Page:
Police have detained and questioned his older brother, Ryan Lanza, 24, of Hoboken, N.J., who is not believed to have played any role in the rampage. Investigators are searching his telephone and computer records, but Lanza told police he had not had contact with his brother in two years.
At one point, a law enforcement official mistakenly identified the gunman as Ryan Lanza. Brett Wilshe, a friend of Ryan Lanza's, said Lanza told him the gunman may have had his identification. Ryan Lanza apparently posted Facebook page updates Friday afternoon that read, "It wasn't me" and "I was at work."
The massacre, which killed 28 people in total, has elicited horror and soul-searching around the world even as it raised more basic questions about why the gunman would have been driven to such a crime and how he chose his victims.
Police have recovered "some good evidence in this investigation that our investigators can use and hopefully paint a complete picture as to how — and more importantly why — this occurred," Vance said.
Connecticut Governor Dannel P. Malloy said Saturday there are no good answers. Now is the time for love, courage and compassion, he said, and then the time will come for discussing public policy issues surrounding Friday's shooting.
Police say Lanza drove to the school in his mother's car with at least three guns, including a high-powered rifle that he apparently left in the back of the vehicle, and shot up two classrooms around 9:30 a.m. Friday, law enforcement officials said, speaking on condition of anonymity.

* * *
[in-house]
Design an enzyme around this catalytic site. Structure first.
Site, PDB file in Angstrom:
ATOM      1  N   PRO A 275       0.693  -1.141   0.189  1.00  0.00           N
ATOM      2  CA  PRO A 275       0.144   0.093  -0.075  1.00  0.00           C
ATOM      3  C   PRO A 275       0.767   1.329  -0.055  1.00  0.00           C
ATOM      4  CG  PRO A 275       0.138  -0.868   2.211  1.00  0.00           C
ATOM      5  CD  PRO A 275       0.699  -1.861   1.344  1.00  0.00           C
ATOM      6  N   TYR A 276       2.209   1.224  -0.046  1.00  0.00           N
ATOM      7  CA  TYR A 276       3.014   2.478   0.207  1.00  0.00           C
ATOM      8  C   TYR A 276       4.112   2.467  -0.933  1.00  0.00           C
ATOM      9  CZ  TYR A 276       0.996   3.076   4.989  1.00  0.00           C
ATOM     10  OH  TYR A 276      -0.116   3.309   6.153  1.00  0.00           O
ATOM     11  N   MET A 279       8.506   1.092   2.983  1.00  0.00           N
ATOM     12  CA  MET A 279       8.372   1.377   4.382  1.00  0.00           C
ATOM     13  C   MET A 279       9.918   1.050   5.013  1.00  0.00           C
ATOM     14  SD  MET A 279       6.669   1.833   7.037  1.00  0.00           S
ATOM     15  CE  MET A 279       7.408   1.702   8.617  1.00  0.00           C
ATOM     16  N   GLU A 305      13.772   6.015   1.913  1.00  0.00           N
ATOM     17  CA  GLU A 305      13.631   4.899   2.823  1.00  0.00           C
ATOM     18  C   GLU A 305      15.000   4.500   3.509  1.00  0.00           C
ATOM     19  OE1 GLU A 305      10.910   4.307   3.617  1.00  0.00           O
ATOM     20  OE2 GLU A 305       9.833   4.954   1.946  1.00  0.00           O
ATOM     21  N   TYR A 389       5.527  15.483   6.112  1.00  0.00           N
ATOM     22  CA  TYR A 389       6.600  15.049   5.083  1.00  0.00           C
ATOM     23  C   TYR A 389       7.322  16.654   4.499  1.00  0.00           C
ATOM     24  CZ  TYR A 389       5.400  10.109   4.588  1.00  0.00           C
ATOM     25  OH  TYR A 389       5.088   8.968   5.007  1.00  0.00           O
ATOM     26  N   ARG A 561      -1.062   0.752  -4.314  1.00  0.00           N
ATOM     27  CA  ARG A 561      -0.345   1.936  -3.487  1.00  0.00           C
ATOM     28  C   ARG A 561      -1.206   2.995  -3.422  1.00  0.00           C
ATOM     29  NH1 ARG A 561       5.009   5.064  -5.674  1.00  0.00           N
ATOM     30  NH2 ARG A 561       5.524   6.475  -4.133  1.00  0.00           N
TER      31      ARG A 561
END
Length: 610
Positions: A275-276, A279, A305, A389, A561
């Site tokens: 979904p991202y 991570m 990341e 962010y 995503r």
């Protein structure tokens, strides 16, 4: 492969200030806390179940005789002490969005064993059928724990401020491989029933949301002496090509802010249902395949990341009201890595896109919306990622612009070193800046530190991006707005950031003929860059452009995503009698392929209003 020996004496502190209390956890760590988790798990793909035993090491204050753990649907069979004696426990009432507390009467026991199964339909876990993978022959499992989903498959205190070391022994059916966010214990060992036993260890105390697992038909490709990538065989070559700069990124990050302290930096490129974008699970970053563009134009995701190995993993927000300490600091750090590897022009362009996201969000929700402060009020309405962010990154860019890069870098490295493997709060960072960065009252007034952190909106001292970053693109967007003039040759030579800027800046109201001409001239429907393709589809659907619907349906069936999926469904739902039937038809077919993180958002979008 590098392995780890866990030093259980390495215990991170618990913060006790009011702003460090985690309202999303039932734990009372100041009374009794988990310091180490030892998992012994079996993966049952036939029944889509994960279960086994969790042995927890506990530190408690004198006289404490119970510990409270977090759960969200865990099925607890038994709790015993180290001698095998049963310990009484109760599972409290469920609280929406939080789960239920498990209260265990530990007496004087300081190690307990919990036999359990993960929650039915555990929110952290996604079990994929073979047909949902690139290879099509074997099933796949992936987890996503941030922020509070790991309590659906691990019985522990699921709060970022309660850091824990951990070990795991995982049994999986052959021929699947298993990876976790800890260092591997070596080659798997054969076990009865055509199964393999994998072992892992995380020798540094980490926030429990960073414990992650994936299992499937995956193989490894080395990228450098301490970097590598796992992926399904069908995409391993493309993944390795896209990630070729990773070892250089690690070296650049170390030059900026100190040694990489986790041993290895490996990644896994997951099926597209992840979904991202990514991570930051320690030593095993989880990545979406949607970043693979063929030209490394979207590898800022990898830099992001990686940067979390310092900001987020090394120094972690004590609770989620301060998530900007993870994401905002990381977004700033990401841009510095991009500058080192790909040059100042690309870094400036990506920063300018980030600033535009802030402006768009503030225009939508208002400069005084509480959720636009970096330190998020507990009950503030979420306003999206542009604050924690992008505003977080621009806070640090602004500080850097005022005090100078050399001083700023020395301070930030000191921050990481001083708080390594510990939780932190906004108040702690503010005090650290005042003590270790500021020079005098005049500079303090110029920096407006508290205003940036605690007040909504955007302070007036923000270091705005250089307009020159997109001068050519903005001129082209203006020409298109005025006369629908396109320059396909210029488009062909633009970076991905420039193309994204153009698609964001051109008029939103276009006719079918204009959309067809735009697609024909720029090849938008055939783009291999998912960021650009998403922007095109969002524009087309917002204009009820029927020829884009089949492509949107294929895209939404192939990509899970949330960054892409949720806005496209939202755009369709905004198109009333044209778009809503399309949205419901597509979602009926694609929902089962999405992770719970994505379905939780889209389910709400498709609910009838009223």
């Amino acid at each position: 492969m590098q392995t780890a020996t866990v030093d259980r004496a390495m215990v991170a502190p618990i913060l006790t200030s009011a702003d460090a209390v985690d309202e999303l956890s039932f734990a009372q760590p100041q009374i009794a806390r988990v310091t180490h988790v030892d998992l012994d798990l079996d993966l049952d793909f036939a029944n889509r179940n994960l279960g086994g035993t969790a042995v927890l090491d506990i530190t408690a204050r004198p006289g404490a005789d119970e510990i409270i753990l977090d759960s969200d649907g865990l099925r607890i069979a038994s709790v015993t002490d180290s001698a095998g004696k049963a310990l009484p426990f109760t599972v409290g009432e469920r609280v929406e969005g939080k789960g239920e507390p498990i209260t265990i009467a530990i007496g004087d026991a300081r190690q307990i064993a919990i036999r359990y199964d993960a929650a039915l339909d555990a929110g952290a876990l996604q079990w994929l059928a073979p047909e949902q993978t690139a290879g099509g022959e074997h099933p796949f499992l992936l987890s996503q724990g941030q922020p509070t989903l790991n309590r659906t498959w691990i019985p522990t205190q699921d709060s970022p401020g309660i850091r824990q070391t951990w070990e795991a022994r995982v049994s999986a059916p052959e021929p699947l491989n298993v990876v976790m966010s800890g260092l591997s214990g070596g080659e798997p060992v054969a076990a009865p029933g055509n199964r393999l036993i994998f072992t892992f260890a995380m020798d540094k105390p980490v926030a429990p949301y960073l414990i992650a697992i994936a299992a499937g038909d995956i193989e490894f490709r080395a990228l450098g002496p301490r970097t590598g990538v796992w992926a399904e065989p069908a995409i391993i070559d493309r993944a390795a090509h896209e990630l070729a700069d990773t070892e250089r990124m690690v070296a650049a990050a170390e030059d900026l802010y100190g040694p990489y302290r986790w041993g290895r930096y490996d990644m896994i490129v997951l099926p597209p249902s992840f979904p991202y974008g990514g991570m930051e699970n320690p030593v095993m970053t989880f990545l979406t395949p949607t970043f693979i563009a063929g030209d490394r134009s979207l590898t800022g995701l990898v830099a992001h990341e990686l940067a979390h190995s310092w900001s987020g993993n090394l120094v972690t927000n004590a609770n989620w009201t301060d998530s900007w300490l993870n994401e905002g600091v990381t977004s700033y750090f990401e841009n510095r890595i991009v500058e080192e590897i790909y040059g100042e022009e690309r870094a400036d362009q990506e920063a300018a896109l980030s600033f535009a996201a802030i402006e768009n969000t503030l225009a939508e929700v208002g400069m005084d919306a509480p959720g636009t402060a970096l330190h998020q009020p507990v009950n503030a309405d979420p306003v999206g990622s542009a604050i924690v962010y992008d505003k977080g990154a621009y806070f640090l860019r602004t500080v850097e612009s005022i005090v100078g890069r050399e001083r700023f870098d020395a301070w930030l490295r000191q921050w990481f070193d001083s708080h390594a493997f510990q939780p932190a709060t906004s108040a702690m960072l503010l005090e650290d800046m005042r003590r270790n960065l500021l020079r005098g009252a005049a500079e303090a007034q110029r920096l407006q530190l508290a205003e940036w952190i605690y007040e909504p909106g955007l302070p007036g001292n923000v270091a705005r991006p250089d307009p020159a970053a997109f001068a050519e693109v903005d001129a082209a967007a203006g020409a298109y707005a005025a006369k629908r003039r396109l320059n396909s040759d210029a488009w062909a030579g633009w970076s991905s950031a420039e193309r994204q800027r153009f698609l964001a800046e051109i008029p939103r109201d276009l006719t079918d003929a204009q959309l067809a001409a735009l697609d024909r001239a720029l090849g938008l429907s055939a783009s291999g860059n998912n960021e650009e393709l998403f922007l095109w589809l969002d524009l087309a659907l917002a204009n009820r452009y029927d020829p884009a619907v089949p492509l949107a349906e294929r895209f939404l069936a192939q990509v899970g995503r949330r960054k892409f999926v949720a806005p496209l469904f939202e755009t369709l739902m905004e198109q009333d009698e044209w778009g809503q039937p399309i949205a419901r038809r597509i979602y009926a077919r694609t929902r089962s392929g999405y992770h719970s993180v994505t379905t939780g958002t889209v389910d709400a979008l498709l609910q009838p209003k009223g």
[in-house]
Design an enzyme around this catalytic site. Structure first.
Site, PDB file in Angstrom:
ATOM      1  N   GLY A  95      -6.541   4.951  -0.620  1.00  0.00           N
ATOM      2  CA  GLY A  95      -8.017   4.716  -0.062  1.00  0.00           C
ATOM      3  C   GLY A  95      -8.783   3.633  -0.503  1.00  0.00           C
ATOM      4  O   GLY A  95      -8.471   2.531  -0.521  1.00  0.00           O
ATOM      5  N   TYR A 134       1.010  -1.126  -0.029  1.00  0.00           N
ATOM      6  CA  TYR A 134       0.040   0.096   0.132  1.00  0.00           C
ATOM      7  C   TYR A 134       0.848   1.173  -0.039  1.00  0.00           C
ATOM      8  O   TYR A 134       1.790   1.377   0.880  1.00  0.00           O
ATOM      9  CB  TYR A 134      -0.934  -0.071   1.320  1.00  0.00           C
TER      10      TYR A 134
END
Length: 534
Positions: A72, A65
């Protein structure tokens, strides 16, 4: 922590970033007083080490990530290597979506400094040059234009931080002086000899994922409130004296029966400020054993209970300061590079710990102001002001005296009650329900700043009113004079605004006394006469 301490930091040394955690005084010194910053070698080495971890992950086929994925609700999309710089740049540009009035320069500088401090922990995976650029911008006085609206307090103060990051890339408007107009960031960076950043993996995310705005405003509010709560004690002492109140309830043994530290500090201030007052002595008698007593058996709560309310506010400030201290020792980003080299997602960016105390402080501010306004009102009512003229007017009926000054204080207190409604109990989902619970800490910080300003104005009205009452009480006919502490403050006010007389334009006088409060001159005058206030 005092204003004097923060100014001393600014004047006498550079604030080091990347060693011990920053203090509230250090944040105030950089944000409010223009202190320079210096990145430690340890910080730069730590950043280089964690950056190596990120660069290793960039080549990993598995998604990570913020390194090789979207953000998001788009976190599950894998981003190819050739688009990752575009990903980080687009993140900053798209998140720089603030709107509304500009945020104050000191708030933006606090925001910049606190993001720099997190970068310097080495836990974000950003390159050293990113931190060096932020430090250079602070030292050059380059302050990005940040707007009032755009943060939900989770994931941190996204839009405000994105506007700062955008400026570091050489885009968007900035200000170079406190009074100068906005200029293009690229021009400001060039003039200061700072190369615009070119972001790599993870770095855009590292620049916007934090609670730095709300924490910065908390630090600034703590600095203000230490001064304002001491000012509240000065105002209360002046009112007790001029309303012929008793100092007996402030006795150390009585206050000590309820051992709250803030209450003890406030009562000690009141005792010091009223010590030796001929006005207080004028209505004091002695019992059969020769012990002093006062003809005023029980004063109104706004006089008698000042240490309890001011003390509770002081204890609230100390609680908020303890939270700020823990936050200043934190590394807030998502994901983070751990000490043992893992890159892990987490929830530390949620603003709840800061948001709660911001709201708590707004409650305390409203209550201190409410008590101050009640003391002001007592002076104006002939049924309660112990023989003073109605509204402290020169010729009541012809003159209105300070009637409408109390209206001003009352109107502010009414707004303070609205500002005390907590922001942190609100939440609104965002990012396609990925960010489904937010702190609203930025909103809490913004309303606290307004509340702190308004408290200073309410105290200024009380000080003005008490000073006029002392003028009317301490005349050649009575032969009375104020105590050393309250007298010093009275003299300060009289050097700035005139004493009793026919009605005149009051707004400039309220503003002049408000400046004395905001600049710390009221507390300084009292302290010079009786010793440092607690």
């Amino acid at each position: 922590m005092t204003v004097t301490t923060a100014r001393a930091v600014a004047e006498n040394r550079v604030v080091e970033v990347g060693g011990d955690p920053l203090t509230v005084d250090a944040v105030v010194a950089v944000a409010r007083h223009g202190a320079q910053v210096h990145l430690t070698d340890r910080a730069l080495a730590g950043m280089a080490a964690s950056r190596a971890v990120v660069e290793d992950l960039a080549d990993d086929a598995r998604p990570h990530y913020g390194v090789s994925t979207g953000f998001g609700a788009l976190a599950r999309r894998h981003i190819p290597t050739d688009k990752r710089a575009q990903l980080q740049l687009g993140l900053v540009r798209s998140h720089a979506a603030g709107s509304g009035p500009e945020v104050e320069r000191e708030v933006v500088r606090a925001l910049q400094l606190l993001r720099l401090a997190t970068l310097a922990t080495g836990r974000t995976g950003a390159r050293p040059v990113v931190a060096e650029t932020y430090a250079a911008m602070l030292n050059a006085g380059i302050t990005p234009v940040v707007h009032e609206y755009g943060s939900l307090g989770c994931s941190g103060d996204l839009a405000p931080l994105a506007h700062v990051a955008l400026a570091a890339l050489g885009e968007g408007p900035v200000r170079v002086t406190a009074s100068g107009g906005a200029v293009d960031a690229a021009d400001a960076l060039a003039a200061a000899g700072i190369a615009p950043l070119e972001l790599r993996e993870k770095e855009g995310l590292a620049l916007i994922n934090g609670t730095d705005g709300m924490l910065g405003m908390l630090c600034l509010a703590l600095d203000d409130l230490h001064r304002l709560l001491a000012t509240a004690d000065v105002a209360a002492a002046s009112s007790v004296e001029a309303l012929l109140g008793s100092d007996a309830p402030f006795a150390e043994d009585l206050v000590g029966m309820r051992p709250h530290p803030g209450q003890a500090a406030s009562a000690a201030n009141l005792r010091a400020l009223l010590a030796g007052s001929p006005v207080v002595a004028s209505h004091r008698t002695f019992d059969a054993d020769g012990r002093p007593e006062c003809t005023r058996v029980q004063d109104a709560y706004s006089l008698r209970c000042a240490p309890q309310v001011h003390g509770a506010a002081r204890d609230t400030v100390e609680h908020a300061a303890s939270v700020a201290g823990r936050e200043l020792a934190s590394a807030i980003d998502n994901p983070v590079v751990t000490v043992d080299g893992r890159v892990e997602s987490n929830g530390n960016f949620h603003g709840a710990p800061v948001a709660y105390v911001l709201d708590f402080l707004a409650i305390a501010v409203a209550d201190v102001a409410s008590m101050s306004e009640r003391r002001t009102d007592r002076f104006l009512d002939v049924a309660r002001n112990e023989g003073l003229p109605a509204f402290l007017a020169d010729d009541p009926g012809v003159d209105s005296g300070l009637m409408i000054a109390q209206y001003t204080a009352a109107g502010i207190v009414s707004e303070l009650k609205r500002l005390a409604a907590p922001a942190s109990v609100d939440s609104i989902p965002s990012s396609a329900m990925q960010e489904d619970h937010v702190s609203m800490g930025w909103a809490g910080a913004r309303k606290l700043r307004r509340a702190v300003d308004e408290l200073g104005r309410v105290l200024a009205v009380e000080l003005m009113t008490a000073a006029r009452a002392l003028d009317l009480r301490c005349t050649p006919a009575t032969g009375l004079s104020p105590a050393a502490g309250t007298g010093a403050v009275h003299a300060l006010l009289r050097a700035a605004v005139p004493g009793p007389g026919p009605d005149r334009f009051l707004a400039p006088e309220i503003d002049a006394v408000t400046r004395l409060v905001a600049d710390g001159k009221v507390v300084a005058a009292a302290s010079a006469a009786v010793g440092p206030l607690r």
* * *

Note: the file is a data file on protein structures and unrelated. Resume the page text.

A custodian ran through the halls, warning of a gunman, and someone switched on the intercom, perhaps saving many lives by letting them hear the chaos in the school office, a teacher said. Teachers locked their doors and ordered children to huddle in a corner or hide in closets as shots echoed through the building.
[IMAGEGALLERY galleryid=3506 size=small]
For about two hours late Friday and early Saturday, clergy members and emergency vehicles moved steadily to and from the school. The state medical examiner's office said bodies of the victims would be taken there eventually for autopsies.
At least three guns were found — a Glock and a Sig Sauer, both pistols, inside the school, and a .223-caliber rifle in the back of a car, authorities said. A law enforcement official speaking on condition of anonymity said some of the guns used in the attack may have belonged to Lanza's family. His mother had legally registered four weapons, his father two.
Authorities also recovered three other guns — a Henry repeating rifle, an Enfield rifle and a shotgun. It was not clear exactly where those weapons were found.
"The weaponry that was required by the investigators were recovered in close proximity of the deceased," Vance said.
'There are a lot brighter stars up there tonight'
The mass shooting is one of the deadliest in U.S. history, and among school attacks is second in victims only to the 2007 Virginia Tech massacre, which left 33 people dead, including the gunman. Reaction was swift and emotional in Newtown, a picturesque New England community of 27,000 people, as well as across the country and around the world.